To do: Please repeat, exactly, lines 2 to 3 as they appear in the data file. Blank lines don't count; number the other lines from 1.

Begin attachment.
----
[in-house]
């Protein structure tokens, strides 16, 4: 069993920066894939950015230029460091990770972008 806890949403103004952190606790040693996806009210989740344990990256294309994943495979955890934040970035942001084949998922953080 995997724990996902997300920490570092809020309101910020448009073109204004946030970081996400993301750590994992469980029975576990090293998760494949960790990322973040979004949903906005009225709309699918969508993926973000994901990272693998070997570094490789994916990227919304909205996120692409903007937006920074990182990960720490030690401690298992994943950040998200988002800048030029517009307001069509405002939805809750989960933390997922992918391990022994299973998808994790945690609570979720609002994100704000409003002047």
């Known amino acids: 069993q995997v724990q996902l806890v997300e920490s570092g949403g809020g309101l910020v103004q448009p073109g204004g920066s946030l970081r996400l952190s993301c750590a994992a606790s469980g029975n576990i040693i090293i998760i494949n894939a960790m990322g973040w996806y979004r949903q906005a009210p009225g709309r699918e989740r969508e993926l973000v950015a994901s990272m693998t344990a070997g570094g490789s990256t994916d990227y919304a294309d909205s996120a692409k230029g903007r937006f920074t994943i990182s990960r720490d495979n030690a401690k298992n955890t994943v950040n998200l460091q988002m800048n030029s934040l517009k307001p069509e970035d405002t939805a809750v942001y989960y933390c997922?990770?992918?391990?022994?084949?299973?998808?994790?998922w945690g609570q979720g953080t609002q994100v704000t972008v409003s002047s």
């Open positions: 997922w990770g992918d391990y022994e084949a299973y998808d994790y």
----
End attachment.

């Protein structure tokens, strides 16, 4: 069993920066894939950015230029460091990770972008 806890949403103004952190606790040693996806009210989740344990990256294309994943495979955890934040970035942001084949998922953080 995997724990996902997300920490570092809020309101910020448009073109204004946030970081996400993301750590994992469980029975576990090293998760494949960790990322973040979004949903906005009225709309699918969508993926973000994901990272693998070997570094490789994916990227919304909205996120692409903007937006920074990182990960720490030690401690298992994943950040998200988002800048030029517009307001069509405002939805809750989960933390997922992918391990022994299973998808994790945690609570979720609002994100704000409003002047």
């Known amino acids: 069993q995997v724990q996902l806890v997300e920490s570092g949403g809020g309101l910020v103004q448009p073109g204004g920066s946030l970081r996400l952190s993301c750590a994992a606790s469980g029975n576990i040693i090293i998760i494949n894939a960790m990322g973040w996806y979004r949903q906005a009210p009225g709309r699918e989740r969508e993926l973000v950015a994901s990272m693998t344990a070997g570094g490789s990256t994916d990227y919304a294309d909205s996120a692409k230029g903007r937006f920074t994943i990182s990960r720490d495979n030690a401690k298992n955890t994943v950040n998200l460091q988002m800048n030029s934040l517009k307001p069509e970035d405002t939805a809750v942001y989960y933390c997922?990770?992918?391990?022994?084949?299973?998808?994790?998922w945690g609570q979720g953080t609002q994100v704000t972008v409003s002047s």